How Does a First Right of Refusal Work in Real Estate

Written by Posted On Monday, 18 January 2021 09:14
How does a first right of refusal work? How does a first right of refusal work?

What to Know About The First Right of Refusal

The Right of First Refusal or ROFR for short is also called a first right of refusal as well. You will see it referenced as both in real estate circles. The ROFR gives one party the right to enter into a contract with a company or person before anyone else can.

If the entity with the right of first refusal does not enter into a transaction, the owner can accept other offers of their choosing. Over the years, a first right of refusal has been prevalent for those renting that might entertain purchasing the property they live in.

In my thirty-four years working as a real estate agent, many clients have asked what is a first right of refusal. If you are worth your salt as an agent, you should be able to clearly explain the definition, along with the pros and cons of such a legal agreement.

There was a time when the right of first refusal was pervasive and was negotiated before the homeowner brought the property to the market. This may happen when a client has expressed a strong interest in the property.

Right of first refusal usually has a time limit placed on it, and when the time is up, any potential buyers can make an offer on the property. Quite often, a right of first refusal will last anywhere from 24-72 hours from the time another party presents an acceptable offer.

How Does a Right of First Refusal Work?

Before the seller puts the property onto the market for sale, they must make it available to the person with the right of first refusal. The person may instantly pay the price and take the property.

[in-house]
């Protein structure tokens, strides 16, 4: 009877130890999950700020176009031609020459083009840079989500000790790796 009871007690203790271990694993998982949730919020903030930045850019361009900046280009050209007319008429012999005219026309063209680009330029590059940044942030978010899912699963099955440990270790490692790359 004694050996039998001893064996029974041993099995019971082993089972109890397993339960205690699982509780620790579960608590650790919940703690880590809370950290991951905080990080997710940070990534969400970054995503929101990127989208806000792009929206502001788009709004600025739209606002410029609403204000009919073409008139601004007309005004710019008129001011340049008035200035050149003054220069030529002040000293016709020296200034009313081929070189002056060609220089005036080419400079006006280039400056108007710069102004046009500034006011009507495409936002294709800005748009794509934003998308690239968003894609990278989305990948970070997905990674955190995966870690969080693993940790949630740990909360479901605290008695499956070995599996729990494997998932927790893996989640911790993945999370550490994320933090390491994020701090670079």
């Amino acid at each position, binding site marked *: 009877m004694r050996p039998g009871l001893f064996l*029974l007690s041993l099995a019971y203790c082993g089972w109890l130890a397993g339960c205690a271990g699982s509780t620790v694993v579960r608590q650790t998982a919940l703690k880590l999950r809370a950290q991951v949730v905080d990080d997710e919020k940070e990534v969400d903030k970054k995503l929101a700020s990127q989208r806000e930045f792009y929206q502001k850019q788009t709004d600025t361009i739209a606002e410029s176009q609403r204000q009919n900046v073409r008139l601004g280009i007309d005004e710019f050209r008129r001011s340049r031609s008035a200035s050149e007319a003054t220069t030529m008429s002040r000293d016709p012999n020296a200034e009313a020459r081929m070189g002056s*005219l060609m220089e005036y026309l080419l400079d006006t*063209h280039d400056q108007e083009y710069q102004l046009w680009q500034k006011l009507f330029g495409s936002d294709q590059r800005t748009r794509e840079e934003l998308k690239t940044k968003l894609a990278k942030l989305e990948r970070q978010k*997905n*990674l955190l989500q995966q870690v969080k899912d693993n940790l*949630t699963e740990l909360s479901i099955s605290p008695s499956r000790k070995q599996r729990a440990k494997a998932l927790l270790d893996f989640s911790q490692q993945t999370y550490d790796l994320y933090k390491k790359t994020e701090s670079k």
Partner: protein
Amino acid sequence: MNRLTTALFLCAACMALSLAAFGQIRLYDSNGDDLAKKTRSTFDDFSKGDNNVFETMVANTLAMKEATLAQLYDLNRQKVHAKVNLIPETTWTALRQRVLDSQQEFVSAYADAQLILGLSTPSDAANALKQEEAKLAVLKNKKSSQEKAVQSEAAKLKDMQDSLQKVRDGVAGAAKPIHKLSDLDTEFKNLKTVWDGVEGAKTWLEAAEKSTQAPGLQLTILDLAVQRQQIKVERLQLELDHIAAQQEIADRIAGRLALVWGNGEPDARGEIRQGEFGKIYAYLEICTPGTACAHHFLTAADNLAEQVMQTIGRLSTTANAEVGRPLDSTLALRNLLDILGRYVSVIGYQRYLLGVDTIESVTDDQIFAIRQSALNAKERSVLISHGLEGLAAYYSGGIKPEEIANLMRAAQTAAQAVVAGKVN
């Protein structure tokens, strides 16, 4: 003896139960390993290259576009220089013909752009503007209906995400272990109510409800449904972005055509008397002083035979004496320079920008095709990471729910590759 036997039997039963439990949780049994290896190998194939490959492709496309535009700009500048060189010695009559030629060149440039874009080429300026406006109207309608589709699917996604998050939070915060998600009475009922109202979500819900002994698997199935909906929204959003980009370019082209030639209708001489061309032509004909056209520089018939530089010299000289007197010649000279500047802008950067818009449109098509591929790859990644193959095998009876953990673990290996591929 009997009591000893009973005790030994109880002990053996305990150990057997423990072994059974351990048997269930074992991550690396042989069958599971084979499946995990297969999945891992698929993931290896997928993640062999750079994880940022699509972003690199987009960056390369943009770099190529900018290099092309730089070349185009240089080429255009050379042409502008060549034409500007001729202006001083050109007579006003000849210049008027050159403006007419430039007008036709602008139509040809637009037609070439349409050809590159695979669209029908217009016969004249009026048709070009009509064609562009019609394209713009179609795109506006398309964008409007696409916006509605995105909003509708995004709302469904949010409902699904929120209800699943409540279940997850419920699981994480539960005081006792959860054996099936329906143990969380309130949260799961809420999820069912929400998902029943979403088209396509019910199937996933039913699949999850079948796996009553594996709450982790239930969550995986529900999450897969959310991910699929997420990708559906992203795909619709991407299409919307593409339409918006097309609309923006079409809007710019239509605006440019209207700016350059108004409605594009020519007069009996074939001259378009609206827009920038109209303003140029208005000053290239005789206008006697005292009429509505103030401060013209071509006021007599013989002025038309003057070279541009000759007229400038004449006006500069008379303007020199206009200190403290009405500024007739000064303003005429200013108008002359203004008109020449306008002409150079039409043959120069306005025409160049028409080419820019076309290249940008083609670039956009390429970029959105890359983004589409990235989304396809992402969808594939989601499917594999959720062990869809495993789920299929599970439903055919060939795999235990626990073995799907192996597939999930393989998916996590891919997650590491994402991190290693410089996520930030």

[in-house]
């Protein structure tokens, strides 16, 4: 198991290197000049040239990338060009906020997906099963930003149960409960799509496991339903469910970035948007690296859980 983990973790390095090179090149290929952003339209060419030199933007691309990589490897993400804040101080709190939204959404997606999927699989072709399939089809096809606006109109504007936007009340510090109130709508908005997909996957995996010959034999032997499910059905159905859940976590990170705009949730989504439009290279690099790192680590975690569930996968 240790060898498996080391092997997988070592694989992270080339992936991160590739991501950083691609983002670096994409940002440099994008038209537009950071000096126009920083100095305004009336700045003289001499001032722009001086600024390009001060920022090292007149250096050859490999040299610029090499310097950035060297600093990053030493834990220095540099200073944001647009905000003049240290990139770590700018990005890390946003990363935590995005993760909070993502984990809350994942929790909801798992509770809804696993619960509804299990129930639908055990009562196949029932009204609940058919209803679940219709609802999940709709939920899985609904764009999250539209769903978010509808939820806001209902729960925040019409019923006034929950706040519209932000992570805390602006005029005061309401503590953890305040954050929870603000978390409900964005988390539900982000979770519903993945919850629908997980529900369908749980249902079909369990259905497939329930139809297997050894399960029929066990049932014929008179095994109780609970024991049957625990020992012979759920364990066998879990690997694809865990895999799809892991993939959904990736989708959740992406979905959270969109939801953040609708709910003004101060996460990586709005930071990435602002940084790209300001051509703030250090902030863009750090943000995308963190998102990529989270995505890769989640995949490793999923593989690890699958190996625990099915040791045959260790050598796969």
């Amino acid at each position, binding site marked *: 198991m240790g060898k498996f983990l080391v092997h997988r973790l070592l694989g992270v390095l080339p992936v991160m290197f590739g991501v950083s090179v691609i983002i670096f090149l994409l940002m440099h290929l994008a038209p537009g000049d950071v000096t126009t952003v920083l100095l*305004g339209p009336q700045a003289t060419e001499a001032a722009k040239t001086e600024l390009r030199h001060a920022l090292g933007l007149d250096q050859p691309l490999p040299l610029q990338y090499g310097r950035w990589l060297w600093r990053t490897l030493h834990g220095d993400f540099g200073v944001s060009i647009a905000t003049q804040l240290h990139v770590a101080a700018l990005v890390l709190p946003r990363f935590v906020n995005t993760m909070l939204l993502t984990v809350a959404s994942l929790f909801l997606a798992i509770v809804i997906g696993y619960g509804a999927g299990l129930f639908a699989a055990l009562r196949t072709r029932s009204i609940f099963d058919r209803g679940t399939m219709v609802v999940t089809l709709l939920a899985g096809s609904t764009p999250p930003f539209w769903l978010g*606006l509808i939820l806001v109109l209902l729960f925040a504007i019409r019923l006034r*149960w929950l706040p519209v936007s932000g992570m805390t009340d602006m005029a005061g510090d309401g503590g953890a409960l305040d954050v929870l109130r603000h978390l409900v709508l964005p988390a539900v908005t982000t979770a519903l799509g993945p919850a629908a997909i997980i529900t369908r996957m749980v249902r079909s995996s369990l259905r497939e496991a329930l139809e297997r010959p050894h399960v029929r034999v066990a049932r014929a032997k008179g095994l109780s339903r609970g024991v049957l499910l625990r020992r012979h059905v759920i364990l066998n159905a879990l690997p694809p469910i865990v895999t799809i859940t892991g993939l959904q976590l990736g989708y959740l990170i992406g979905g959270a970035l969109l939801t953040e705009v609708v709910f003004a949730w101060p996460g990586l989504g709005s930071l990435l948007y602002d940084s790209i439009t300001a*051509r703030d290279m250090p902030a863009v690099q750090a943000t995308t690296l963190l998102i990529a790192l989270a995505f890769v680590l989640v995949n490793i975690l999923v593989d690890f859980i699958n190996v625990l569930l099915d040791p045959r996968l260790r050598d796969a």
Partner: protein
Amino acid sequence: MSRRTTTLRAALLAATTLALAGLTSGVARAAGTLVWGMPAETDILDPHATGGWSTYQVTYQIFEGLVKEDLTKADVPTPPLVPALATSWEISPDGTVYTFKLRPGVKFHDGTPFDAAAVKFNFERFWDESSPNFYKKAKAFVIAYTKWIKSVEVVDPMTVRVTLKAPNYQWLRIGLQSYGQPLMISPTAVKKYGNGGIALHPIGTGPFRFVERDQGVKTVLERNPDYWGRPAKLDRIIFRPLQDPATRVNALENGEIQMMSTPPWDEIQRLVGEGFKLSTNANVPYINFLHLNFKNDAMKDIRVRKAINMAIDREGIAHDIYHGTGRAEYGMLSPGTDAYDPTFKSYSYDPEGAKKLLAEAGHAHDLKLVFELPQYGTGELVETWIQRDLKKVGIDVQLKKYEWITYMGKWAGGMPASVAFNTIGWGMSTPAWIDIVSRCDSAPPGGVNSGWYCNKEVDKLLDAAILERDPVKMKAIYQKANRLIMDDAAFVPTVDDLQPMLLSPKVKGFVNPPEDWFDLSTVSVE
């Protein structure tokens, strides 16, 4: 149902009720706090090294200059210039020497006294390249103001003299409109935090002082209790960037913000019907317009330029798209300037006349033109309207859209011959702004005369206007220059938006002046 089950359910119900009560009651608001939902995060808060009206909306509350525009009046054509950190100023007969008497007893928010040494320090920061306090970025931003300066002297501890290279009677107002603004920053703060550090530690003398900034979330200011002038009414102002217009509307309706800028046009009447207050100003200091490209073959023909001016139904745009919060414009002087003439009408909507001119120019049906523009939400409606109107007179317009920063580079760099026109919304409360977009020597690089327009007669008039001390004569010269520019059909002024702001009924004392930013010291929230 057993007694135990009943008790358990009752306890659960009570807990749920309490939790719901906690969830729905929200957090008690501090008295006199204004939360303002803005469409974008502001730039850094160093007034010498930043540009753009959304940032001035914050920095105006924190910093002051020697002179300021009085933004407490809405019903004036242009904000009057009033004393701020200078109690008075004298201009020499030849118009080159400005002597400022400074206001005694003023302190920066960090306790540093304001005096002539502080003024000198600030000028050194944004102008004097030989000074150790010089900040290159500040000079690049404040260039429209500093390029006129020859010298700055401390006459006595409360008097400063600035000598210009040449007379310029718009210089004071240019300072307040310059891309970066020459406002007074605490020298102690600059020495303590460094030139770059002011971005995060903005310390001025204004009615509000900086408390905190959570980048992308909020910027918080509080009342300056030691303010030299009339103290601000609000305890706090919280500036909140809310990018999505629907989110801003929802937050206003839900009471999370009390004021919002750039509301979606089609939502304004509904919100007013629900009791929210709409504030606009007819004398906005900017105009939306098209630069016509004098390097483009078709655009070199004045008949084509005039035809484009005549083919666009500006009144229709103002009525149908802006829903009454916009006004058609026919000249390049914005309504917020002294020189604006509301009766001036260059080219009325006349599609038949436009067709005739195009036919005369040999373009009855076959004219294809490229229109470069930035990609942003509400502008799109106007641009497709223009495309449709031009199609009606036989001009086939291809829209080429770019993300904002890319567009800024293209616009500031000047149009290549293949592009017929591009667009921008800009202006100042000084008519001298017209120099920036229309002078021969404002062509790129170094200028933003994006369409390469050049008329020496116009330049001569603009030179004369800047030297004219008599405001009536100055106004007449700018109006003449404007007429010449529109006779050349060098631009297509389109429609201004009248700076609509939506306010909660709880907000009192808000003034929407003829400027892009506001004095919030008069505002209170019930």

On the other hand, they may think it's overpriced as stipulated in the contract and wait and see others' offers when the property is marketed. This may mean they purchase it cheaply, or they miss out altogether, depending on the buyers available and interest at the time.

When the rental market is oversupplied, it is hard to get the right tenant. The first right of refusal might be the incentive needed to get a good tenant in for a couple of years until the owner decides to sell, giving the tenant the first right of refusal in writing.

This kind of clause is different from a traditional rent-to-own agreement where the tenant may be locked into making a property purchase.

The Right of First Refusal in Action

You would need to sit down with your real estate agent or attorney and write a legally binding agreement. What the legal team will probably do is agree that when the time comes, a time limit window to enact acceptance of the right of first refusal applies, and after that expires, the home is on the open market.

There also needs to be an agreement about what the future sale price of the property will be. This last point is tricky, so it is a good idea not to make the agreement too long-term, as sometimes prices rise very fast and the owner may be disadvantaged.

Statuses in The Multiple Listing Service

There are many statuses in the MLS that don't confuse consumers at all because they are self-explanatory, like being for sale or sold. There are others, however, that do confuse folks, like being contingent or seeing a home marked as having a right of first refusal.